Close to 60% of UK buy-side firms say they have seen no reduction in trading costs as a result of MiFID, according to the ninth annual survey by UK trade body the Investment Management Association (IMA).
Just 41% of buy-side respondents to the survey thought that MiFID had brought about a reduction in the cost of trading since its introduction in 2007.
“On the face of it that is surprising,” commented Michael Sparkes, managing consultant at agency broker and transaction cost analysis (TCA) provider, ITG. “The feeling has generally been that on a like-for-like basis competition between venues has been a positive thing. Generally our data suggests that costs have been falling post-MiFID.”
Jane Lowe, director, markets at the IMA, said she was disappointed that any lowering of costs had not been felt by the buy-side.
“When banks pressured the London Stock Exchange to cut costs prior to MiFID, they achieved reductions in fees but they weren't passed on. That does raise questions about how competitive the market is,” she said.
There are a number of factors that may have contributed to increased trading costs since the directive had been put into effect.
Many trading venues were launched after MiFID in competition with the incumbent exchanges, leading to a downward pressure on fees. However the increased range of trade destinations has made tracking prices and trades more difficult for asset managers; in the survey 64% thought market transparency had decreased for UK equities post-MiFID, 53% for European equities.
“There was always perceived to be a risk that the quality of information in the UK market post-MiFID would not improve and that's been the case,” said Lowe. “Without a consolidated tape to provide information on what has occurred around a stock you want to trade, you may be missing something crucial which can be expensive.”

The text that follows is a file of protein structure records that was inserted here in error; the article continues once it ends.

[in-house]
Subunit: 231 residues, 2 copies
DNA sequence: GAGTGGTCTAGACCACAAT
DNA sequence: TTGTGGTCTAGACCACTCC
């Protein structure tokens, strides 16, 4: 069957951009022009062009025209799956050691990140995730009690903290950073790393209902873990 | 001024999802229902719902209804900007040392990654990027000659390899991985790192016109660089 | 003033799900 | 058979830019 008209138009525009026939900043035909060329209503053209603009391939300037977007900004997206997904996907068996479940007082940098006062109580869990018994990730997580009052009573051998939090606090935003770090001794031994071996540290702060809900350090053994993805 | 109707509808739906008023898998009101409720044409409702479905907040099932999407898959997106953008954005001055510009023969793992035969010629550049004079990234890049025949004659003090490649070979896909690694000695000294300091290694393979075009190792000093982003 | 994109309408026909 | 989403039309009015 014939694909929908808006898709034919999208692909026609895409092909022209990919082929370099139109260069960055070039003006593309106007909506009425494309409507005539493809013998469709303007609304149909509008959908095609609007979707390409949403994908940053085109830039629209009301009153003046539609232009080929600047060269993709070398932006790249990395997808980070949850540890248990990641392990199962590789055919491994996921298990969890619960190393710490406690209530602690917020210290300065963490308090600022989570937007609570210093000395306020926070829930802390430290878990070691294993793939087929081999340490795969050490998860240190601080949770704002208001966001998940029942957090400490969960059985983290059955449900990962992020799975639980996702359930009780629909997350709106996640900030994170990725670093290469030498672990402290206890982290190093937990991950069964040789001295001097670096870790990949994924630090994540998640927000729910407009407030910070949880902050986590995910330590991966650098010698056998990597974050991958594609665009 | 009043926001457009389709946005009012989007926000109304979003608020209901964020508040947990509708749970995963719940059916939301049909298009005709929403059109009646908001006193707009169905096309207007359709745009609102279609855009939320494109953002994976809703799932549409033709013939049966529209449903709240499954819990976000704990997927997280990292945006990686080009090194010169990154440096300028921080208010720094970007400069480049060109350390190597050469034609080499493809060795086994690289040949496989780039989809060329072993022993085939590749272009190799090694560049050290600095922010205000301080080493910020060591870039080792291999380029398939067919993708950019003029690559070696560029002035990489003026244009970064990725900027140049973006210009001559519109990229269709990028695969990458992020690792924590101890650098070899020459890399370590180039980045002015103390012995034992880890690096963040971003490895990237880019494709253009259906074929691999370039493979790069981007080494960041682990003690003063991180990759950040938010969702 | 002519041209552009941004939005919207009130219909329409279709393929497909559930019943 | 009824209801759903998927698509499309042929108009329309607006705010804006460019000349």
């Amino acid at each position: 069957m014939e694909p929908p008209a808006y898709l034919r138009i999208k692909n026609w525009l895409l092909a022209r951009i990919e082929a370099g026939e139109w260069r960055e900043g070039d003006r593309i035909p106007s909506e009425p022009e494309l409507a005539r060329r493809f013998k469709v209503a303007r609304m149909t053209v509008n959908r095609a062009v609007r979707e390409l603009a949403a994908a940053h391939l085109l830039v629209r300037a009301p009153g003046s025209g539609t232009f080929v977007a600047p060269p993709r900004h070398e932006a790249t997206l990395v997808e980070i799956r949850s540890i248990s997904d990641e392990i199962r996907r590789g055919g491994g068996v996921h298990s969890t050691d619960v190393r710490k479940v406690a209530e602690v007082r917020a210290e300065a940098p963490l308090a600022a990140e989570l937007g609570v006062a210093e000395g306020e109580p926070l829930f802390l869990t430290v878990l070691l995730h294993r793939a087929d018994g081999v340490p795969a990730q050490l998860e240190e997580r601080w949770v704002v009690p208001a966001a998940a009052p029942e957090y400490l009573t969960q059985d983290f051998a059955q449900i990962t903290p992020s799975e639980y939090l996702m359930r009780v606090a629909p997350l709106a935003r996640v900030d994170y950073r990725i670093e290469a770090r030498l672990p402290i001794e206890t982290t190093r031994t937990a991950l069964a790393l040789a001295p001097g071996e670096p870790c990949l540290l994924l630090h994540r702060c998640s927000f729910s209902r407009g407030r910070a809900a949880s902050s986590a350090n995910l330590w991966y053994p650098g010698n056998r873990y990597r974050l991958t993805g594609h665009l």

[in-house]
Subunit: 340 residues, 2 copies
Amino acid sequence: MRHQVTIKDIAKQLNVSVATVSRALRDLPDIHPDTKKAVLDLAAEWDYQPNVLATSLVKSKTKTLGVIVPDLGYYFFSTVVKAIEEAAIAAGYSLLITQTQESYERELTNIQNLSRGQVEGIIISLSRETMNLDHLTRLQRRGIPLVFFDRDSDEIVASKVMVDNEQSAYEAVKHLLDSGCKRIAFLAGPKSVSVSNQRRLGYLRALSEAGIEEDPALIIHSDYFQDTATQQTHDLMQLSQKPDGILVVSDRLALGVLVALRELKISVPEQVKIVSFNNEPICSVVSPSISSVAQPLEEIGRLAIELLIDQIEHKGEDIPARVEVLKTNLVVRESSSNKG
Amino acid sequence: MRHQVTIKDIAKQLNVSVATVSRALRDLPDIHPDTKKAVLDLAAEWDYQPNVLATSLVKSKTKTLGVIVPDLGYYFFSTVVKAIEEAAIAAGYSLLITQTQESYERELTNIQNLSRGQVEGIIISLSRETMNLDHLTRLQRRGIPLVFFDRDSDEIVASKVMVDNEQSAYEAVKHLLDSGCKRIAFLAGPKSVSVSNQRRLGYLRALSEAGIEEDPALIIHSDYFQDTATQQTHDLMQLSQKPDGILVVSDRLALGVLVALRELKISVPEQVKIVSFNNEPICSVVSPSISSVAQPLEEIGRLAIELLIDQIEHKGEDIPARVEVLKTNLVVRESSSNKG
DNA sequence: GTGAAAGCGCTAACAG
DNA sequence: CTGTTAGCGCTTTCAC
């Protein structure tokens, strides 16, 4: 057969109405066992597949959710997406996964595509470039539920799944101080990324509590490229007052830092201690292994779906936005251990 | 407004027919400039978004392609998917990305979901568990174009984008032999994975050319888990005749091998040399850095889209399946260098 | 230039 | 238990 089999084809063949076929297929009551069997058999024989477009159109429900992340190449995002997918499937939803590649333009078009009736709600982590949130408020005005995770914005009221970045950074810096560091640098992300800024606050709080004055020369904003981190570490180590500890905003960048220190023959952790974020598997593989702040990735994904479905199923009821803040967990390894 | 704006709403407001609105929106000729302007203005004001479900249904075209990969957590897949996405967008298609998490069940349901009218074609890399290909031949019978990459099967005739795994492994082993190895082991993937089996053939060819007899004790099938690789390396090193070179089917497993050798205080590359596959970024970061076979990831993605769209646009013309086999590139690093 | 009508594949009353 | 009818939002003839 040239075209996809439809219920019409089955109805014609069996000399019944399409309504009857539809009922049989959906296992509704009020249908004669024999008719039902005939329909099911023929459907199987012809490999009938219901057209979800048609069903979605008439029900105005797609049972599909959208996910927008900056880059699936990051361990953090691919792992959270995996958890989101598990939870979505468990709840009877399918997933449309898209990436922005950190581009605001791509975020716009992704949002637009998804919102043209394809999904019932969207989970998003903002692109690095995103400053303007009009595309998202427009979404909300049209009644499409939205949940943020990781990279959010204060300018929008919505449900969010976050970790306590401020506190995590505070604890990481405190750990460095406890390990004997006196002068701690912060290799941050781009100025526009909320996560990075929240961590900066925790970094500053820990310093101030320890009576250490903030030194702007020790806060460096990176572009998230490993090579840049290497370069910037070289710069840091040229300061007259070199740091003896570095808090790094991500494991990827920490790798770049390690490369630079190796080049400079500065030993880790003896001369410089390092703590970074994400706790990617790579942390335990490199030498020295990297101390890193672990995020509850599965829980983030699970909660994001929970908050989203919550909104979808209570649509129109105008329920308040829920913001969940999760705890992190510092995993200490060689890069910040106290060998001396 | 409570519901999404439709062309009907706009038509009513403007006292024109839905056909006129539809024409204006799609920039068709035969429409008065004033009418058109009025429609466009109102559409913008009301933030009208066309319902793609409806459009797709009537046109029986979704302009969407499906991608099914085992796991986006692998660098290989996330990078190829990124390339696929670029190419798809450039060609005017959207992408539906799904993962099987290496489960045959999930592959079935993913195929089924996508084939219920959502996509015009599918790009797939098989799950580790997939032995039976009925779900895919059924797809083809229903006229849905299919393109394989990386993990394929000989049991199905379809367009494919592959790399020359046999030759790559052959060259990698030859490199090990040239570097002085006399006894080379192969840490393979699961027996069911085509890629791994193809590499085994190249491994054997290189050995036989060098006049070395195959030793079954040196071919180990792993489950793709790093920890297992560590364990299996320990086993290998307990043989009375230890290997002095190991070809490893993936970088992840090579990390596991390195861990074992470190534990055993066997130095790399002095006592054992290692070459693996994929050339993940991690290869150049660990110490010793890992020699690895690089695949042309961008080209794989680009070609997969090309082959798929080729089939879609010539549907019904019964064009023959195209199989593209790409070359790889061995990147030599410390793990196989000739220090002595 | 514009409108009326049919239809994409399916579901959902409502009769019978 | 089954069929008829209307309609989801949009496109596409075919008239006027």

Sparkes added, “Certain costs in the investment process have gone up, for example market data. Clearly if you are drawing data from multiple venues the costs go up and it is a multiple of market data costs in the US.”
According to ITG data the average trade size has fallen by over 50% in the last three years, and that too may have had an effect on costs, as multiple settlement fees are paid to cover lots of smaller trades.
The survey also found that 80% of asset managers were now using TCA, with 42% providing the results to their institutional clients. Almost one quarter, 24%, said they executed 100% of their trades on an execution-only basis, which may include trades sent directly to broker crossing networks and DMA trading.
On derivatives trading, the survey found that 37% of respondents had increased the amount of collateral posted for bilateral trades from the previous year: this was up from 12.5% in the 2009 survey. Just 6% of respondents are using central clearing, all for equity derivatives trades.
The survey was based on responses from 76 IMA member firms that manage a total of Â£3.3 trillion of assets in the UK.